Meanwhile. over at AmCon, I have a piece on the botched execution in Ohio, where the error not have been inflicting pain, but in failing to hide that suffering from the spectators. Here’s a teaser:
There’s no mystery as to why Ohio found itself running low on the traditional three-drug lethal injections. Many of the components of the cocktail are manufactured outside the United States and several international companies have refused to allow their drugs to be shipped to the United States if they will be used to end a life. As a result, the US has been experimenting, most recently in Mr. McGuire’s case, but also by using drug combinations approved to euthanize animals, but not intended for humans.
The real mystery is why Ohio, faced with a shortage of drugs, found it so urgent to put Mr. McGuire to death that they turned to an experimental, poorly-tested combination of drugs. Pharmaceutical companies will make “compassionate use” exemptions to allow patients dying of cancer to take a chance on a drug that might save their lives when all other hope is gone; but why would Ohio find killing on schedule as desperate a need as saving a life?
…The current lethal injection protocols were inspired by the euthanasia of pets and could be interpreted in the same spirit. Here are the people who couldn’t be saved—who like Old Yeller had somehow become rabidly dangerous—and who we needed to let go, since a cure was out of our reach. But that peaceful image is contradicted by the medical reality of the effects of the injection.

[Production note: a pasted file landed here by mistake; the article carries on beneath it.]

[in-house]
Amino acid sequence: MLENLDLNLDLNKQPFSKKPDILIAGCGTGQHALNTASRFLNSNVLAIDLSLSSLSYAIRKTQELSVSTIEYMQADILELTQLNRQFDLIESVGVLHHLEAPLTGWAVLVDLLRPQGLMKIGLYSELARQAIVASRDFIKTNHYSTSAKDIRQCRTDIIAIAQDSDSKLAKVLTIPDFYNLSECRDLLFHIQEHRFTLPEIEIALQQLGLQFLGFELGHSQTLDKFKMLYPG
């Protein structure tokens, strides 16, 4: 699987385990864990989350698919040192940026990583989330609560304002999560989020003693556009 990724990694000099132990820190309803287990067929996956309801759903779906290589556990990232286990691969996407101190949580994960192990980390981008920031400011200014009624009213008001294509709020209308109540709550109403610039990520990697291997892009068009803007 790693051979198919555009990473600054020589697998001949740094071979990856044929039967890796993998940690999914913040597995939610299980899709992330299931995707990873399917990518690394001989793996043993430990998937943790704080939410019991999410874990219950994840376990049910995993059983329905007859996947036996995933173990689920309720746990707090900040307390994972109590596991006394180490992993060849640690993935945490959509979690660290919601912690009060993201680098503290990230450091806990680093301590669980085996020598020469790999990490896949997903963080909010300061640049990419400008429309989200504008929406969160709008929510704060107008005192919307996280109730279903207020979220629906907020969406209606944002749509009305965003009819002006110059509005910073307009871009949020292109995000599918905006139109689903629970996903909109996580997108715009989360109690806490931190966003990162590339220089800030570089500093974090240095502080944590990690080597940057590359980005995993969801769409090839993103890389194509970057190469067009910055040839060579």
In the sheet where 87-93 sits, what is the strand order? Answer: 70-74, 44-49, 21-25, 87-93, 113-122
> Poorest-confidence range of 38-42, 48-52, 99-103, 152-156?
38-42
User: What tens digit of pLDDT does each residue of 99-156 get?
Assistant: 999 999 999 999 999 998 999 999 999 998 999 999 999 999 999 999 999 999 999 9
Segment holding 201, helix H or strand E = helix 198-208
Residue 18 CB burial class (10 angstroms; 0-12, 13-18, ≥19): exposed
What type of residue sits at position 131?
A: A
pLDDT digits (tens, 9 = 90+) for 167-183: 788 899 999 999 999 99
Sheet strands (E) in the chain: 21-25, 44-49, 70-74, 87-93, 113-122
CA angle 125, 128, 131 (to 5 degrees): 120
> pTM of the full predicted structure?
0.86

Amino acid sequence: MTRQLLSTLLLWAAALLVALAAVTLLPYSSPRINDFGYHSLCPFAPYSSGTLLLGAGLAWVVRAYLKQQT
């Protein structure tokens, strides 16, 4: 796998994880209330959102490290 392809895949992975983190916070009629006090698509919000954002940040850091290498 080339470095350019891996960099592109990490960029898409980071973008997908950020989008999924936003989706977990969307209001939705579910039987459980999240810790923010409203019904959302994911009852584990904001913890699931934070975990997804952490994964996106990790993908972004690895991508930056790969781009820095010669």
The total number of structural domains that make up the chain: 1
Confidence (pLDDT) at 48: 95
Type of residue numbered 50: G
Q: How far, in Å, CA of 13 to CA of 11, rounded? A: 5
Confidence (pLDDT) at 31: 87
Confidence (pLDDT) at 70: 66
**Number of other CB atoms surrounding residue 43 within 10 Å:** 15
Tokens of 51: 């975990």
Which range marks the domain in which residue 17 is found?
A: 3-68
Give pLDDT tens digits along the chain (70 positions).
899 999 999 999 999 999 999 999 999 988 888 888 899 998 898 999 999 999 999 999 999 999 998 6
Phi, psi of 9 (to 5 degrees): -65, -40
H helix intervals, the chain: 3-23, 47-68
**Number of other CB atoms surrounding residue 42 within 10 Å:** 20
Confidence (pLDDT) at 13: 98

The normal drug cocktail is intended more for the comfort of the spectators than the victim. One of the component drugs, Pancuronium bromide, is a muscle relaxant. It is meant to hasten death by paralyzing the respiratory muscles, making it impossible to breath. However, the paralysis is not limited to the chest, so the muscle relaxant masks any signs of agony that might alert the observers, as in Mr. McGuire’s case, that something is amiss.
There are a lot of reasons why I’m opposed to the death penalty: the unreliability of our convictions, the unevenness of requests for the death penalty, philosophical objections to the state having the power to kill, fears that we may be behaving like Hamlet in Act III, etc. But our reluctance to look at the sentence we inflict makes me suspicious that many of the people who endorse the death penalty in theory could really support it if we saw it clearly.